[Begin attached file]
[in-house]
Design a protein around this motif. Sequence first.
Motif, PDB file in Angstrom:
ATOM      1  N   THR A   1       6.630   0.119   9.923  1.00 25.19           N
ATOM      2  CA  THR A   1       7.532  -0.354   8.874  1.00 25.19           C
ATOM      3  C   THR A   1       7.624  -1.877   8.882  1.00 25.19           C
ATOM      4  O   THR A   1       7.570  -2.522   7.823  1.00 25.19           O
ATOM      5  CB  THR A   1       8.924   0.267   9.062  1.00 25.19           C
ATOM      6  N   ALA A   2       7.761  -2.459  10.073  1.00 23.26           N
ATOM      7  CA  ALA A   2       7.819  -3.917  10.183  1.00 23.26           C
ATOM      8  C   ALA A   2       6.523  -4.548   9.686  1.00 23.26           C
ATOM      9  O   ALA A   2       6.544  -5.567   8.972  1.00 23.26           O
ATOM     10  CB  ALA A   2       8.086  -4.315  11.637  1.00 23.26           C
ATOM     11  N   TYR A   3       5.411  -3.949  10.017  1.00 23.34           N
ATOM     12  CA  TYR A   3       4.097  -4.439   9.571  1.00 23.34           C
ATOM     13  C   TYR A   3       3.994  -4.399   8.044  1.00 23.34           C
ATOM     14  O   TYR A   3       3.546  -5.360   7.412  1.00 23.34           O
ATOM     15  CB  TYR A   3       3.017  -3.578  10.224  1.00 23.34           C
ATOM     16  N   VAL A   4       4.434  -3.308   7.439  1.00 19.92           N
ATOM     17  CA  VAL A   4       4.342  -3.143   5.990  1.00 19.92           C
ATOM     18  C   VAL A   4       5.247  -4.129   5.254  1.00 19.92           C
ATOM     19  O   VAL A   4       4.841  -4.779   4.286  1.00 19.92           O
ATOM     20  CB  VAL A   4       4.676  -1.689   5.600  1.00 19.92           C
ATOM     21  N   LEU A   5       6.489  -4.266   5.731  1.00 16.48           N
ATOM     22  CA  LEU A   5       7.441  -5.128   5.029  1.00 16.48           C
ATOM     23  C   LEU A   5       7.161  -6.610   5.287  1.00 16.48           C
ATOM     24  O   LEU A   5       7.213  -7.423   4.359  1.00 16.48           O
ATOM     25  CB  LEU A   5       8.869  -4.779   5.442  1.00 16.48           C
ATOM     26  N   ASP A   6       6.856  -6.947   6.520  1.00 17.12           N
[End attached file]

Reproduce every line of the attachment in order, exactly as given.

[in-house]
Design a protein around this motif. Sequence first.
Motif, PDB file in Angstrom:
ATOM      1  N   THR A   1       6.630   0.119   9.923  1.00 25.19           N
ATOM      2  CA  THR A   1       7.532  -0.354   8.874  1.00 25.19           C
ATOM      3  C   THR A   1       7.624  -1.877   8.882  1.00 25.19           C
ATOM      4  O   THR A   1       7.570  -2.522   7.823  1.00 25.19           O
ATOM      5  CB  THR A   1       8.924   0.267   9.062  1.00 25.19           C
ATOM      6  N   ALA A   2       7.761  -2.459  10.073  1.00 23.26           N
ATOM      7  CA  ALA A   2       7.819  -3.917  10.183  1.00 23.26           C
ATOM      8  C   ALA A   2       6.523  -4.548   9.686  1.00 23.26           C
ATOM      9  O   ALA A   2       6.544  -5.567   8.972  1.00 23.26           O
ATOM     10  CB  ALA A   2       8.086  -4.315  11.637  1.00 23.26           C
ATOM     11  N   TYR A   3       5.411  -3.949  10.017  1.00 23.34           N
ATOM     12  CA  TYR A   3       4.097  -4.439   9.571  1.00 23.34           C
ATOM     13  C   TYR A   3       3.994  -4.399   8.044  1.00 23.34           C
ATOM     14  O   TYR A   3       3.546  -5.360   7.412  1.00 23.34           O
ATOM     15  CB  TYR A   3       3.017  -3.578  10.224  1.00 23.34           C
ATOM     16  N   VAL A   4       4.434  -3.308   7.439  1.00 19.92           N
ATOM     17  CA  VAL A   4       4.342  -3.143   5.990  1.00 19.92           C
ATOM     18  C   VAL A   4       5.247  -4.129   5.254  1.00 19.92           C
ATOM     19  O   VAL A   4       4.841  -4.779   4.286  1.00 19.92           O
ATOM     20  CB  VAL A   4       4.676  -1.689   5.600  1.00 19.92           C
ATOM     21  N   LEU A   5       6.489  -4.266   5.731  1.00 16.48           N
ATOM     22  CA  LEU A   5       7.441  -5.128   5.029  1.00 16.48           C
ATOM     23  C   LEU A   5       7.161  -6.610   5.287  1.00 16.48           C
ATOM     24  O   LEU A   5       7.213  -7.423   4.359  1.00 16.48           O
ATOM     25  CB  LEU A   5       8.869  -4.779   5.442  1.00 16.48           C
ATOM     26  N   ASP A   6       6.856  -6.947   6.520  1.00 17.12           N